Feb 14, 2009 An Update From Candace By Candace Hale, Creek Naturalist
Fresh from a satisfying morning with the SPAWN Restoration team at Roy's Pools CLICK HERE FOR BLOG There's nothing like taking out your aggressions on invasive Himalayan Blackberry in the company of friends, monitored by a soaring Cooper's Hawk! I headed on up to Leo Cronin, hoping to soothe my fish-starved eyes with a glimpse of steelhead. They move on the big flows, motoring up through the turbulent, coffee-colored water to spawn, then return to the sea. Todd saw one jump the Inkwells the day before, so I was hopeful.
I ran into a Watershed Management college class who asked for a tour, and we had a wonderful time talking about large woody debris structures, alder "nursery trees," the "hungry water" dams create by starving the creek of sediment, rainwater harvesting, and the million other topics that come up on a beautiful day (by which I mean a WET day!) on the creek.
Someone asked why there's no fish ladder at Kent Dam. He'd seen ladders at other very high dams. I blanked , then had an "oh, yes" moment when Ann, the teacher, pointed out that a fish ladder would do no good -- because there's no habitat left behind the dam itself, only three big reservoirs devoid of spawning area. So interesting to realize yet again that a dam doesn't just block historical habitat (here, 50% of the watershed) -- it destroys it.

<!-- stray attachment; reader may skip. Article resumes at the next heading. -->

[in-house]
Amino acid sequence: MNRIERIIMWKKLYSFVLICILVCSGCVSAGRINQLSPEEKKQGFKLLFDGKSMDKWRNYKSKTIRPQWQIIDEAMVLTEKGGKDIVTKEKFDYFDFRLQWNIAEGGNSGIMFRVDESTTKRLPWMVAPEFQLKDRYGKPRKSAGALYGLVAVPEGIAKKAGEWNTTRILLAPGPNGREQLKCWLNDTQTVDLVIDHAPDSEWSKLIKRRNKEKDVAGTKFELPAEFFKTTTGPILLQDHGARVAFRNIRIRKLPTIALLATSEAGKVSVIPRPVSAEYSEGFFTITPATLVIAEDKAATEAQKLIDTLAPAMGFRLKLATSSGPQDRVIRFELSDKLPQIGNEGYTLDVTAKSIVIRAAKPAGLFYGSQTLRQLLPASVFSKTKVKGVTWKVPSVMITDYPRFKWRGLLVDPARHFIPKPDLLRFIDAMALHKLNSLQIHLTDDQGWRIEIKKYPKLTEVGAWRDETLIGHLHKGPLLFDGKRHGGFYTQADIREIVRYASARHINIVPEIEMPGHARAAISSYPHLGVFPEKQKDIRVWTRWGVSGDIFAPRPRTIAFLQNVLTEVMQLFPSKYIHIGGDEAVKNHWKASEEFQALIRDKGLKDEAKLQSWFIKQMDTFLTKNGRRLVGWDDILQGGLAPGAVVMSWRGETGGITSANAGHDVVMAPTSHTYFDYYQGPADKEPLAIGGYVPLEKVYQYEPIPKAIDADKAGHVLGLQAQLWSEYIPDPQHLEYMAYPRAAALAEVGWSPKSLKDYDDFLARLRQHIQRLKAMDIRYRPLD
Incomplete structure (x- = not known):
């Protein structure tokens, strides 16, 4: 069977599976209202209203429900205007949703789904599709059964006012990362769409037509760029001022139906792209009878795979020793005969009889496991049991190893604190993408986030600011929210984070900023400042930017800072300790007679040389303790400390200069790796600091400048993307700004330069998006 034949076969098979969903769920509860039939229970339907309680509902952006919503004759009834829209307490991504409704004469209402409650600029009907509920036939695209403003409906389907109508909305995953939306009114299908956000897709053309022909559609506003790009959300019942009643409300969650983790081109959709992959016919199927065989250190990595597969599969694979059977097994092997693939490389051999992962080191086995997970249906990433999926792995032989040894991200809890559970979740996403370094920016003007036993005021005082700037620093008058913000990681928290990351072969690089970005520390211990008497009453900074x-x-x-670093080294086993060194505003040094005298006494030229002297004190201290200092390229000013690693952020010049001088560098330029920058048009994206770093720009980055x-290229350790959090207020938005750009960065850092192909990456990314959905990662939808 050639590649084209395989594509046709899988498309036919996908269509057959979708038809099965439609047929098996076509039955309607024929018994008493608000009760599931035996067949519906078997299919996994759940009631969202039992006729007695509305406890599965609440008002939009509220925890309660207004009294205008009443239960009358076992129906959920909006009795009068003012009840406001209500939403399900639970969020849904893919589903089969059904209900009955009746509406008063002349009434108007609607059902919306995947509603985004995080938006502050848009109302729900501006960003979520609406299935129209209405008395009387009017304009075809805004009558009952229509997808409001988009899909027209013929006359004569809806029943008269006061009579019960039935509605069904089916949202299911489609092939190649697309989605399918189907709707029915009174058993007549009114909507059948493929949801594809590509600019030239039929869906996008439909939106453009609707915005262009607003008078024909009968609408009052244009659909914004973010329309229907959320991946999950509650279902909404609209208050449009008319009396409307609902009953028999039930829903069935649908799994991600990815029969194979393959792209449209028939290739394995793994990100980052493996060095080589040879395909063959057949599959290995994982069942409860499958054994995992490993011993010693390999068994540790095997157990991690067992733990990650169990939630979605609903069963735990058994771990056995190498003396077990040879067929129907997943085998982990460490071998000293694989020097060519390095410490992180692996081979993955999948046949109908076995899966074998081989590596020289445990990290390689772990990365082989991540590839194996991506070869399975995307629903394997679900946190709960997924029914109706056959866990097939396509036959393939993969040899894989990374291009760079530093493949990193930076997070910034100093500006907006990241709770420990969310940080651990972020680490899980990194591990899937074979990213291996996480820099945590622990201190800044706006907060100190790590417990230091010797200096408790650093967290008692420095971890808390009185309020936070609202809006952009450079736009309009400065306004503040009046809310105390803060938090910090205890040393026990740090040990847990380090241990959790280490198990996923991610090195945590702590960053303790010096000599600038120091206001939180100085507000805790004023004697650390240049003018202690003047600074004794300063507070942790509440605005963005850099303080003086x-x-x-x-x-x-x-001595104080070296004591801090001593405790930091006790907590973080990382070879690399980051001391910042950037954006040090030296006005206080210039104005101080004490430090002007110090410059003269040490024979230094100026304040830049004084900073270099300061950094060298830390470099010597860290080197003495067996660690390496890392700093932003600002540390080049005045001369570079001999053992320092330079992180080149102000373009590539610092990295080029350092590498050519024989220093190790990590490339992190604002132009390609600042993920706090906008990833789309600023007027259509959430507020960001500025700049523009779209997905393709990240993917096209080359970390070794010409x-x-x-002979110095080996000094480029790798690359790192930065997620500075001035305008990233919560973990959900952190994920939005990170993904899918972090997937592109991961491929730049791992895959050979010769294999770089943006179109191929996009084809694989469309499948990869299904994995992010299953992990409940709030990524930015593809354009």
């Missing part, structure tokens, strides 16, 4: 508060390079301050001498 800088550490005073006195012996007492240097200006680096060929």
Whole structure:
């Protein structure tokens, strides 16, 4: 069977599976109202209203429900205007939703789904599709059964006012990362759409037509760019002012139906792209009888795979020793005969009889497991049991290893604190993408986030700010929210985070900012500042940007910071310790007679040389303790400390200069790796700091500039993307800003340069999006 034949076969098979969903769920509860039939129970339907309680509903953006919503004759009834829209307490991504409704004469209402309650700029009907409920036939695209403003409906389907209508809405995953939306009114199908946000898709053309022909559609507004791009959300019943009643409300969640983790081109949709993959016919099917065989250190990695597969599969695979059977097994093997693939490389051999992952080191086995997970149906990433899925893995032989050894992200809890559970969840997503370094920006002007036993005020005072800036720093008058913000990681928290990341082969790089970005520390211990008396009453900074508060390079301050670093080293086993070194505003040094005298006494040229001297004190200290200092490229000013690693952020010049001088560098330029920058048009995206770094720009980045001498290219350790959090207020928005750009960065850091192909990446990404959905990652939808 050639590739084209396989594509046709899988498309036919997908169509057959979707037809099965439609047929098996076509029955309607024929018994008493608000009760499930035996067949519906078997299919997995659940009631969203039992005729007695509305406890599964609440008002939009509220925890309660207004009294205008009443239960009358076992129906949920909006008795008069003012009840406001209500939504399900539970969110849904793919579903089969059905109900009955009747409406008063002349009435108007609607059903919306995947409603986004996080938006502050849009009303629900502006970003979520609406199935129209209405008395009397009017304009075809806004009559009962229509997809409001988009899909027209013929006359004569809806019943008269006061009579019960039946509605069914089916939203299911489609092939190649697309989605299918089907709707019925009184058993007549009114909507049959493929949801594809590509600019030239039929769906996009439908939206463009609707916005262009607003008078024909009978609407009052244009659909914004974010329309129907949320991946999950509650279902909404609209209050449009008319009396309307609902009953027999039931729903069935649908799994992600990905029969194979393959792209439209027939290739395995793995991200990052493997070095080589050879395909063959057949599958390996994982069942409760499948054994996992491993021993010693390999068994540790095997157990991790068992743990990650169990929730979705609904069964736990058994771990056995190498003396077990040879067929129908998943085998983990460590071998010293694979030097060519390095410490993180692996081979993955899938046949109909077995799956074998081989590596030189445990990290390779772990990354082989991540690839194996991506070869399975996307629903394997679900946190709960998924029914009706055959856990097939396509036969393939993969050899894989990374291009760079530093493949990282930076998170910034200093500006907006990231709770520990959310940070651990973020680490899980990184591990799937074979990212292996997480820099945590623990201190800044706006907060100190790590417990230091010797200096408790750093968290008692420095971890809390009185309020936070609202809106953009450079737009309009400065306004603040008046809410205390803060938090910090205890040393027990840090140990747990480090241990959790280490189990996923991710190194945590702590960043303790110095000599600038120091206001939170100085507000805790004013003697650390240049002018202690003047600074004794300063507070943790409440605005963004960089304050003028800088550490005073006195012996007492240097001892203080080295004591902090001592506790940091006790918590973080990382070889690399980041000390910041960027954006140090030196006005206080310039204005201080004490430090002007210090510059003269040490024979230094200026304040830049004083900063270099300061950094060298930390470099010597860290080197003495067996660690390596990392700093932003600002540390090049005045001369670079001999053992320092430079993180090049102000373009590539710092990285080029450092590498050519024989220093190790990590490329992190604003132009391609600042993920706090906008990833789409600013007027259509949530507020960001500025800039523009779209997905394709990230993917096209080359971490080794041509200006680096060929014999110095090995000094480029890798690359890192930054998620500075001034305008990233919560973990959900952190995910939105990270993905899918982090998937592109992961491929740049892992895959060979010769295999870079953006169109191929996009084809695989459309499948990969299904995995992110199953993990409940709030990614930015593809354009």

Which means that every drop of water we use from those reservoirs is doubly precious. Every drop we don't use is a drop that might eventually get over the top of the dam and down into the stream and the watertable, to be enjoyed by salmon and other wildlife. So look to your water consumption! Check your bill, and set yourself a competition -- how much can you reduce your monthly use of water just by being conscious? At my house, there are buckets in the shower and a big new rainwater harvesting barrel outside. What's in your water wallet?
Oh, and fish? No, alas. Saw two round pothole-shaped areas that could have been steelhead redds, but no flash of fin nor tail. And I got very excited when I heard a chittering noise, crying out "Kingfisher, kingfisher!" --- but it was only someone's digital camera. Drat!
It's raining again, and I will keep my fingers crossed that I will see a silver traveler before the season ends.
Feb 12, 2009 Spawner Update By Eric Ettlinger, Aquatic Ecologist
Marin Municipal Water District
P.O. Box 865, Fairfax, CA 94978
It's been four weeks since my last update and no news is definitely not